For years the prophets of the heralded ecology age have been drawing our attention to the potential of south European countries in terms of solar energy. Thus it was probably high time that a team from a country bordering the Mediterranean won a Solar Decathlon Europe event for the first time, as happened this year. And never before had it been such a close finish, not since 2002, when the very first Solar Decathlon took place under the auspices of the U.S. Department of Energy in Washington, D.C. In the end no less than three points – from a total of 840 – stood between the winning team from the Università degli Studi Roma Tre and the squad from Delft University of Technology at third place.
For those who have never visited a Solar Decathlon before, the event can probably best be described as a mixture of student workcamp, architecture exhibition and open-air building and construction fair. The unique atmosphere and the opportunity to showcase the prowess of one’s university to the world public still motivates countless students and professors to devote two years of their lives to participation in the event. From applying to take part and developing a concept through drawing up the detail design to looking for sponsors and organising transportation, this is how long the preparatory phase takes until the dawning of the two-week on-site competition phase.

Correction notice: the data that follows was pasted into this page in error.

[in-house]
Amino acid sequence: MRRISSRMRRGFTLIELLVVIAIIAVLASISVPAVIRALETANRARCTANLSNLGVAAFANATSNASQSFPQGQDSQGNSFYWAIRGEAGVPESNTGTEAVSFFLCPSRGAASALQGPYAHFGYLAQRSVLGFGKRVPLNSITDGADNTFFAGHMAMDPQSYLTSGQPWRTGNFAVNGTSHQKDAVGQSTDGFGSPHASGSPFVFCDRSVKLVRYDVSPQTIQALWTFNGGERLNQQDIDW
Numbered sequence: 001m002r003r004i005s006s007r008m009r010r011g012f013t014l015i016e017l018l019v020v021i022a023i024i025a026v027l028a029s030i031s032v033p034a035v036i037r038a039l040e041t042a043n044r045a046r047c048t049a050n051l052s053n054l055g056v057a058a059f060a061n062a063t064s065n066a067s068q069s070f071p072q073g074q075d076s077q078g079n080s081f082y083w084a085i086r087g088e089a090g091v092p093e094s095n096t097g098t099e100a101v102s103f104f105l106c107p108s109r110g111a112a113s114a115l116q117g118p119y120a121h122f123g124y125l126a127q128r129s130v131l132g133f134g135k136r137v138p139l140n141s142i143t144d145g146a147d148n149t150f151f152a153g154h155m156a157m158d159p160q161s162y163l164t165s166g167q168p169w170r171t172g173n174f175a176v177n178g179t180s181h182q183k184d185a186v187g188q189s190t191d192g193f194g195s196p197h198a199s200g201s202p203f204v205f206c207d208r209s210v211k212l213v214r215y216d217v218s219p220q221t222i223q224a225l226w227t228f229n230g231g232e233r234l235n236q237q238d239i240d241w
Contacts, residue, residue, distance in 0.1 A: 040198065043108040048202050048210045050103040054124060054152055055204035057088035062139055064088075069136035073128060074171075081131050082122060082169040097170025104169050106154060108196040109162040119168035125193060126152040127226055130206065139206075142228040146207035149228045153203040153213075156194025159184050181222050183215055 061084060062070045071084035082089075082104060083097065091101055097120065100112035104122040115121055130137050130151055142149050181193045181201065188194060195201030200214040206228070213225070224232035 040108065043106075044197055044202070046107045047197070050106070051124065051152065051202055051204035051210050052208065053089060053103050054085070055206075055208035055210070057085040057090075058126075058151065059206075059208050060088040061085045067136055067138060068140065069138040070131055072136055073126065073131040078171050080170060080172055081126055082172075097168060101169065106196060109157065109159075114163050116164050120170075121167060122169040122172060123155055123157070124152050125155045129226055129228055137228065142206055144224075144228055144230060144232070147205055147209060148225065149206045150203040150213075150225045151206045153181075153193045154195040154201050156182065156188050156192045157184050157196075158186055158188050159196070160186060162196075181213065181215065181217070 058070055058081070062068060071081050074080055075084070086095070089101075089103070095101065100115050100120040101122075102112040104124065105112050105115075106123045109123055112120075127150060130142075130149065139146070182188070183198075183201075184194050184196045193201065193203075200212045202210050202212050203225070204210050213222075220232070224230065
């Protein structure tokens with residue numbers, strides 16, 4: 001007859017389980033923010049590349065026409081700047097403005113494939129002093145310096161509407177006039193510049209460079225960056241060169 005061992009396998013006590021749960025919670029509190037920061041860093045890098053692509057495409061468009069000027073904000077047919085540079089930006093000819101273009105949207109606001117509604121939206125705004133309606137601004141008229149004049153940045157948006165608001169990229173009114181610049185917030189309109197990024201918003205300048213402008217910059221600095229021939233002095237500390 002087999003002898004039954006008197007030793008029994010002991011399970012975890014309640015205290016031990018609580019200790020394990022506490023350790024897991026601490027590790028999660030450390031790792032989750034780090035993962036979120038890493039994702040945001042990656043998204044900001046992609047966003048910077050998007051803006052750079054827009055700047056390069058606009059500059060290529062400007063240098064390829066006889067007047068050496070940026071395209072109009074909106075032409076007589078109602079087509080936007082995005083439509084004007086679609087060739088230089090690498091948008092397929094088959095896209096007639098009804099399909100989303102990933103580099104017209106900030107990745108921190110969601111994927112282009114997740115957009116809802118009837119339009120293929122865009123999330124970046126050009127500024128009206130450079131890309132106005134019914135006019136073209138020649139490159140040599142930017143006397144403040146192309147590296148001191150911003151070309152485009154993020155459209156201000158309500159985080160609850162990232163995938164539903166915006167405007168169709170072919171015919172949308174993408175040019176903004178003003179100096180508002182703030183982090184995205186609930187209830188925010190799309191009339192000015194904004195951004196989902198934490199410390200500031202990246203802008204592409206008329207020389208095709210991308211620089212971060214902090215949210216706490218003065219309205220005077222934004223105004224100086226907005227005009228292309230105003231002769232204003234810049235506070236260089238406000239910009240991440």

Be that as it may, and despite all enthusiasm and the opportunity for public exposure, there has been much pondering in recent times about the meaning of the Solar Decathlon. As is asked, what exactly is so future-oriented about planning and building a detached home for two even if it meets all its energy needs with solar power? Thus it is to the credit of the organisers in Versailles that they modified the competition rules originally formulated in 2002. This time the search was not for single-family residences that generate a maximum of solar power under the climatic conditions of the competition venue, but answers to burning urban development, social and ecological problems in the countries that the university teams hailed from. Moreover the students were to take global, future-oriented sustainable construction issues into consideration, such as urbanisation and settlement consolidation, the interlocking of architecture and mobility, affordable construction and sparing use of resources and energy.
From industrial loft to row house upgrading
The design teams responded to the challenge with a wealth of ideas, whereby the fact that the Solar Decathlon involves ten categories almost became an afterthought – at the presentation of their buildings, few of the teams put emphasis on technology but on architecture and urban development concepts. The houses also called for bit of imagination on the part of the beholder: presented in single-family house format for space, cost and time reasons, the buildings mainly consisted of prototypes standing for a more far-reaching concept.